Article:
My favorite author iconoclast Nassim Taleb says that the US and not Europe should be the source of concern
Nassim Taleb, author of “The Black Swan,” said he favors investing in Europe over the U.S. even with the possible breakup of the single European currency in part because of the euro area’s superior deficit situation.
Europe’s lack of a centralized government is another reason it’s preferable to invest in the region, said Taleb, a professor of risk engineering at New York University whose 2007 best- selling book argued that history is littered with rare events that can’t be predicted by trends.
A breakup of the euro “is not a big deal,” Taleb said yesterday at an event in Montreal hosted by the Alternative Investment Management Association. “When they break it up, there will be a lot of fun currencies. This is why I am not afraid of Europe, or investing in Europe. I’m afraid of the United States.”
The budget deficit as a proportion of gross domestic product in the U.S. amounted to 8.2 percent at the end of 2011, government figures show. That’s twice the 4.1 percent ratio for euro-region countries, according to data compiled by Bloomberg.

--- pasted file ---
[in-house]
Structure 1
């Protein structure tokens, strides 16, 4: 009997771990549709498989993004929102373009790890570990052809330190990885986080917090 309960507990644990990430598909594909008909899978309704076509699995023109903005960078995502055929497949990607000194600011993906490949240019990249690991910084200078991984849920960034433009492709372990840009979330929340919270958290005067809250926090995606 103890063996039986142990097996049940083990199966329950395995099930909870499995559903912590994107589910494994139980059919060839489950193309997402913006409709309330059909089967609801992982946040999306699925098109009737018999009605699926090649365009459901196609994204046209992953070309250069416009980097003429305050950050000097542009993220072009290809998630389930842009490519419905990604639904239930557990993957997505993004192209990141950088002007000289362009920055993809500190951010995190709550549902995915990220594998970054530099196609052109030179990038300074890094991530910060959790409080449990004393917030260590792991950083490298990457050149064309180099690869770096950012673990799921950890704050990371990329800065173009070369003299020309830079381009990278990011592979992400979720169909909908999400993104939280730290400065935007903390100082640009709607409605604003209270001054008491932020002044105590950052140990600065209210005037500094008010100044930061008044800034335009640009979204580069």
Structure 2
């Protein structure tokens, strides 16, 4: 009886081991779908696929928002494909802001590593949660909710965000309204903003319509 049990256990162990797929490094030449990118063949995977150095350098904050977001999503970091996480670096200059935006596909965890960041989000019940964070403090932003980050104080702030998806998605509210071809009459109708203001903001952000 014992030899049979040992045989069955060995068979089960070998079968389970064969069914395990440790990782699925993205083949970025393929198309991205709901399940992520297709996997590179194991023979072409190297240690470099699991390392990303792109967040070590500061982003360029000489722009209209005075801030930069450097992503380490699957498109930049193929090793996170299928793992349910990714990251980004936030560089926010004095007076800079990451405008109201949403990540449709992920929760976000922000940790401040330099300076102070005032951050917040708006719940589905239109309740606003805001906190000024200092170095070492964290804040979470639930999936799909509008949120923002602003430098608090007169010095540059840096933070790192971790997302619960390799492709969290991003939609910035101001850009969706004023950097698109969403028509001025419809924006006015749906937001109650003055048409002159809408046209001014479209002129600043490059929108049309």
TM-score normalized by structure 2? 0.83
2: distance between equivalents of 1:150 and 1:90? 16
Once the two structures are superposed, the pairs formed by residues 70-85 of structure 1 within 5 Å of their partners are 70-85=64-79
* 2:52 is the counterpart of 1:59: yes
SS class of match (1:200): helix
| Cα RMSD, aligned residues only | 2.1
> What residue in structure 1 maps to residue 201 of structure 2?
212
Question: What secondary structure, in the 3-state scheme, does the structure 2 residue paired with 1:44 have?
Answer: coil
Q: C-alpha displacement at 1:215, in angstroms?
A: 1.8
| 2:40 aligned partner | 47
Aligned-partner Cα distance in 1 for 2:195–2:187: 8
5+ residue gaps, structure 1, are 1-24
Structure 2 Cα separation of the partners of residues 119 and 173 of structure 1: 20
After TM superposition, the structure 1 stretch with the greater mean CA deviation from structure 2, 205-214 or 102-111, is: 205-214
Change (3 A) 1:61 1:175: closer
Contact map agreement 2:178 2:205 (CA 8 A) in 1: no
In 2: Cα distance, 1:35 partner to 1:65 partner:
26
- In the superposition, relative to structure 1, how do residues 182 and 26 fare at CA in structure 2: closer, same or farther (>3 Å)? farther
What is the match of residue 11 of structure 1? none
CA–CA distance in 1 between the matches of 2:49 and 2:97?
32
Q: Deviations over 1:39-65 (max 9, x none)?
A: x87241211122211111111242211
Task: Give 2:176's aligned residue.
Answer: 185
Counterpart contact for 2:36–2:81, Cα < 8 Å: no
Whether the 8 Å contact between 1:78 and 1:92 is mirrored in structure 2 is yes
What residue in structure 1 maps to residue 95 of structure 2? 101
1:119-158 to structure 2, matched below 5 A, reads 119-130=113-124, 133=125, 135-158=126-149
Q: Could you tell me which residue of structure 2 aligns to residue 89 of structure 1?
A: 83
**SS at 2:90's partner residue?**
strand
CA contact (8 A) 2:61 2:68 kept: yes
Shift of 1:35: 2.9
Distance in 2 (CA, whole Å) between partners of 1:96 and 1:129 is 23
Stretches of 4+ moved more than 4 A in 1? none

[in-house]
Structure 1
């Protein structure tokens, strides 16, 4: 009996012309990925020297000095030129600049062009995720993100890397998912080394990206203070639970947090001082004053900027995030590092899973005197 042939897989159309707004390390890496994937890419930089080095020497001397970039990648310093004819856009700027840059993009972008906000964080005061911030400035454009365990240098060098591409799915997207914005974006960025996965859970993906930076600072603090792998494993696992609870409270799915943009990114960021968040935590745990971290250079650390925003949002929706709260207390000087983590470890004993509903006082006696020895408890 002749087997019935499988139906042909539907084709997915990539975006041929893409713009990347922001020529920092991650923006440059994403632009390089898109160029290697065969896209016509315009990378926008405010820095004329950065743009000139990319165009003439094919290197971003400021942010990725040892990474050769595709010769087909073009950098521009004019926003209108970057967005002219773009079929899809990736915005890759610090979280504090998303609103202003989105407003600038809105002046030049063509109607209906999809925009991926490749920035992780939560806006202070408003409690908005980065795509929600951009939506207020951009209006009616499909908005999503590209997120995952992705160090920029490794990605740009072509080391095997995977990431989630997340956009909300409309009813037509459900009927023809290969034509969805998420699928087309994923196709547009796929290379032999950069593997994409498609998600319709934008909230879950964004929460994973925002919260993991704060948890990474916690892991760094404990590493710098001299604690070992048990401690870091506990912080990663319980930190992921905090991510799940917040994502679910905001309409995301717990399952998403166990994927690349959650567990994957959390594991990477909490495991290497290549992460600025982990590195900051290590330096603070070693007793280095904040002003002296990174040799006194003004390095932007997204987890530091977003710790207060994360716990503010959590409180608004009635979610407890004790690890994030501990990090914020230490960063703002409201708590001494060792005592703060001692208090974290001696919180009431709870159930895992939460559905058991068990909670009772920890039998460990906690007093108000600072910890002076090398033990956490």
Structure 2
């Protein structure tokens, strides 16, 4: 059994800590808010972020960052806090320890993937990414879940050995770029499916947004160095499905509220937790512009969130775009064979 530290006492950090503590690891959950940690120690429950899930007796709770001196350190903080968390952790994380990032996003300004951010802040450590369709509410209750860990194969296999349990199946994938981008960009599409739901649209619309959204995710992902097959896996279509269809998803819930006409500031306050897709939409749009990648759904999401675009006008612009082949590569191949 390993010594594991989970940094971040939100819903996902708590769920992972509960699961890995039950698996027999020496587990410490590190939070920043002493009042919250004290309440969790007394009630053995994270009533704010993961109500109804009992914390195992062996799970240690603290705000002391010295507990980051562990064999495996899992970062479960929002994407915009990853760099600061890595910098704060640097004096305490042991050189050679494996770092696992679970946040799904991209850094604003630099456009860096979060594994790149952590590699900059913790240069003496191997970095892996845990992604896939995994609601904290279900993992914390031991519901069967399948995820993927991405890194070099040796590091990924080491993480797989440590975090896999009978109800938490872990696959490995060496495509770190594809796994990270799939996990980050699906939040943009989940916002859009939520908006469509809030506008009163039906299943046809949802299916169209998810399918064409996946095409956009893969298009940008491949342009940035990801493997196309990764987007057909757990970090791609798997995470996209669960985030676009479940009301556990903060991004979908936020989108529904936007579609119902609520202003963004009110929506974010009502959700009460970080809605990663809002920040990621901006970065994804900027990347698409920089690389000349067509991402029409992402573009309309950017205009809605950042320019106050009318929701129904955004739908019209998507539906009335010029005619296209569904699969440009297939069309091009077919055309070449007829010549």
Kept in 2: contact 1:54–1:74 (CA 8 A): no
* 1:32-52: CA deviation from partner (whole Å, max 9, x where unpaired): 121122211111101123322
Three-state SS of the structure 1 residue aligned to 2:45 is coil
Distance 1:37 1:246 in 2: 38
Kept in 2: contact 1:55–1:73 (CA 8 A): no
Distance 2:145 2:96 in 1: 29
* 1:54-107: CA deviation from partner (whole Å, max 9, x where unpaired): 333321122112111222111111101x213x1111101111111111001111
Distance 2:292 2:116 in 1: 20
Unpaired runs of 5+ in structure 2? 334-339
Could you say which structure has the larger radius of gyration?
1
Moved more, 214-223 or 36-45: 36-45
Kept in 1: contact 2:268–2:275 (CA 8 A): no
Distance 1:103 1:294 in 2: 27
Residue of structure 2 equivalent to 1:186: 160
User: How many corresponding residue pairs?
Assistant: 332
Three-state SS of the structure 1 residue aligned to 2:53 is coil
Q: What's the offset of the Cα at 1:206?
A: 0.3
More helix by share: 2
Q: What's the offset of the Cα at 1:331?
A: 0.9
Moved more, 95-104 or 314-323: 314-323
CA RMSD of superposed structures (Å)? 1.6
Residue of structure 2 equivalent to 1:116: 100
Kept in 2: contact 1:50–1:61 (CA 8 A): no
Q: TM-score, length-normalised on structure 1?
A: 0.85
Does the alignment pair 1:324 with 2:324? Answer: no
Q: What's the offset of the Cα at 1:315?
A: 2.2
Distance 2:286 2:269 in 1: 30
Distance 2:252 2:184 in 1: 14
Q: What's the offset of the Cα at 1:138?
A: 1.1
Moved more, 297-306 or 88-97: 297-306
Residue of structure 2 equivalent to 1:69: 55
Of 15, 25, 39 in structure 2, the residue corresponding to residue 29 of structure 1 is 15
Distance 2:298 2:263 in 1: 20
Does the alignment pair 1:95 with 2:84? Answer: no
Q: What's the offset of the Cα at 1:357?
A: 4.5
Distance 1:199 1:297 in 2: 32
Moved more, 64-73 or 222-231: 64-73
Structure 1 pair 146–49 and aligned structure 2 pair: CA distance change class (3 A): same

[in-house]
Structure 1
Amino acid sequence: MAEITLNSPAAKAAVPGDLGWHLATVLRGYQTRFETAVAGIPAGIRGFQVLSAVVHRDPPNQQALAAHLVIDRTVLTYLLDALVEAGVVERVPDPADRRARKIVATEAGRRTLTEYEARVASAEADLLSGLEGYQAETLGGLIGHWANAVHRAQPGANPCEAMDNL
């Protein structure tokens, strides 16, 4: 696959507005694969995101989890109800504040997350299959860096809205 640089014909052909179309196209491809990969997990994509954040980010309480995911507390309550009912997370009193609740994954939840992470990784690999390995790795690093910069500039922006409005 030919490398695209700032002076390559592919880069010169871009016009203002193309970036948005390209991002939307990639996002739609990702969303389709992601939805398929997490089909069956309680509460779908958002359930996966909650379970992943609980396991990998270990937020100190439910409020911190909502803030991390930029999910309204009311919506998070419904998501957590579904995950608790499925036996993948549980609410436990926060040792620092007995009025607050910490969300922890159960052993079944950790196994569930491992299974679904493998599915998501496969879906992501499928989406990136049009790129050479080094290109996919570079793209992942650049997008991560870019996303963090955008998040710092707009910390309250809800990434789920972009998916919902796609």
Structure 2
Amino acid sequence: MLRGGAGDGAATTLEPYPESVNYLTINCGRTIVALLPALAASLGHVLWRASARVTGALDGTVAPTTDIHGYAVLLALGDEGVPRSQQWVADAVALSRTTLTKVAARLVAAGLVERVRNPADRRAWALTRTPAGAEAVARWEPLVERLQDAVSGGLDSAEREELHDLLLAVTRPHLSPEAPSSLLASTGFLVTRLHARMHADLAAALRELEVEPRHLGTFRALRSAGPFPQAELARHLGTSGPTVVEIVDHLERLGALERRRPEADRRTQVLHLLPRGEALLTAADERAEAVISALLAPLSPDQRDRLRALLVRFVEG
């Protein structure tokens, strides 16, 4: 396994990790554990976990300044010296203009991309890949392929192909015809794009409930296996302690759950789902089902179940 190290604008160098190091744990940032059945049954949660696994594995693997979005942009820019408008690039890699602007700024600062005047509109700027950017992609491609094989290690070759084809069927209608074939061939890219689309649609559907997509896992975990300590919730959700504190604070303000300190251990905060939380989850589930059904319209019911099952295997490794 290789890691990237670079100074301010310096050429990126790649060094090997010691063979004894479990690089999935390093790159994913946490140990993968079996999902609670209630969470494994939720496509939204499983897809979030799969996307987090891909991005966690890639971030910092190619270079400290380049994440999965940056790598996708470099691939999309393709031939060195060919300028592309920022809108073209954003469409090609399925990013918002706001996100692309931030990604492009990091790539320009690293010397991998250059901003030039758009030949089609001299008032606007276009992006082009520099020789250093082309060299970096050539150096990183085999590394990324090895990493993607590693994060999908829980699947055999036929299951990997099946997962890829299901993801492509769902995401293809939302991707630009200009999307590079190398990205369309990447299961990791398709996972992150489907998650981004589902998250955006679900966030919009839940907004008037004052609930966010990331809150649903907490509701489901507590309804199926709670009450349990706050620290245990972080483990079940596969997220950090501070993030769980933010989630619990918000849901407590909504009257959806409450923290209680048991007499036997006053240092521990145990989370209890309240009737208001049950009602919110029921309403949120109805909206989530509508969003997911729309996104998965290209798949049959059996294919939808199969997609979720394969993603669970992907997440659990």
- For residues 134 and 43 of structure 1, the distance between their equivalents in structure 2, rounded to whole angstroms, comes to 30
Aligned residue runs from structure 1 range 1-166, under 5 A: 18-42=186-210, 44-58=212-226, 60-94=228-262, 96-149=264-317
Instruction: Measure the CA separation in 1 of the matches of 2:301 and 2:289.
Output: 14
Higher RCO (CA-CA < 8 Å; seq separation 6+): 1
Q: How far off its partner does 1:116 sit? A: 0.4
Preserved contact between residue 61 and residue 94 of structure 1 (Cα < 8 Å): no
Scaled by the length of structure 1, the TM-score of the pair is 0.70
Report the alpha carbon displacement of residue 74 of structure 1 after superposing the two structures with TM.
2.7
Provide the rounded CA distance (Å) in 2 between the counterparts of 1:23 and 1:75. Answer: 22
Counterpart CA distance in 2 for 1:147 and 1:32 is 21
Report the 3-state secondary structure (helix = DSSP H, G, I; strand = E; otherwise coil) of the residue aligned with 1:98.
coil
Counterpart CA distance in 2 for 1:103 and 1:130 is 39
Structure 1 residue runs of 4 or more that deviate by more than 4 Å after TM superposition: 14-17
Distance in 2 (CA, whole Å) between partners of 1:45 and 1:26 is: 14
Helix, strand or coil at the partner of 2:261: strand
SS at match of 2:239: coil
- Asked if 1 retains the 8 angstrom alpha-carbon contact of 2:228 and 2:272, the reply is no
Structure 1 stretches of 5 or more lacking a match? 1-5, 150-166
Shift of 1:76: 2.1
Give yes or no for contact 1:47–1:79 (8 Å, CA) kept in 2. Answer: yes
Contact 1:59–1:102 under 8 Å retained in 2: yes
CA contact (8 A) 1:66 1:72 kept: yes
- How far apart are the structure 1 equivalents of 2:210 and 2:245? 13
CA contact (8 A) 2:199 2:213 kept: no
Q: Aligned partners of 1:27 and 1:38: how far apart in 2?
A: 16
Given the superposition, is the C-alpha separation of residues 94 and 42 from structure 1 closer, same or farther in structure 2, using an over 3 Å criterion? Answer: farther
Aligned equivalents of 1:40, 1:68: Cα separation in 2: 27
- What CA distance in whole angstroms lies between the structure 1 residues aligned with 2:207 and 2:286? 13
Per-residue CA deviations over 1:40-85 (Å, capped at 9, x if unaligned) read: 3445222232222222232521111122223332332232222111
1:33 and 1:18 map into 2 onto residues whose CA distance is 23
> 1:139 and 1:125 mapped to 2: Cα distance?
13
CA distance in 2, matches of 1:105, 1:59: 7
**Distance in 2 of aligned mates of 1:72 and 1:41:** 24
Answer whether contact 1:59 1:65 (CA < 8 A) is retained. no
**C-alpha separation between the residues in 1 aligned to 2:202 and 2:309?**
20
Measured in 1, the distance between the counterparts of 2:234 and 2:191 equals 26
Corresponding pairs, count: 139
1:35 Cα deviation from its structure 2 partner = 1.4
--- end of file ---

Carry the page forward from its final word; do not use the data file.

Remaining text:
“Of course Europe has its problems, but it’s in much better shape than the United States,” Taleb said. He voiced similar concerns about U.S. prospects at a conference in Tokyo in September…
Rising interest rates would make things worse for the U.S., said Taleb, a principal at hedge fund Universa Investments LP who also serves as an adviser to the International Monetary Fund.
“We have zero interest rates,” Taleb said. “If interest rates go up in the United States, you can imagine what the deficit would be. Europe is like someone who is ill but is conscious of it. In the United States we are ill, but we don’t know it. We don’t talk about it.”
In my view, decentralization of the EU will likely be the outcome from the collapse of the welfare states where Greece may likely to set the precedent.
And like Dr. Marc Faber and Professor Taleb, for the EU, after the storm comes the calm.
I would venture a guess that the tipping point for the US dollar as global currency reserve, is when the US economy run smack into another recession or into another financial crisis, where the knee jerk or intuitive response will likely be trillions of money printing by the US Federal Reserve. Under such condition, I think Professor Taleb’s risk scenario may unfold.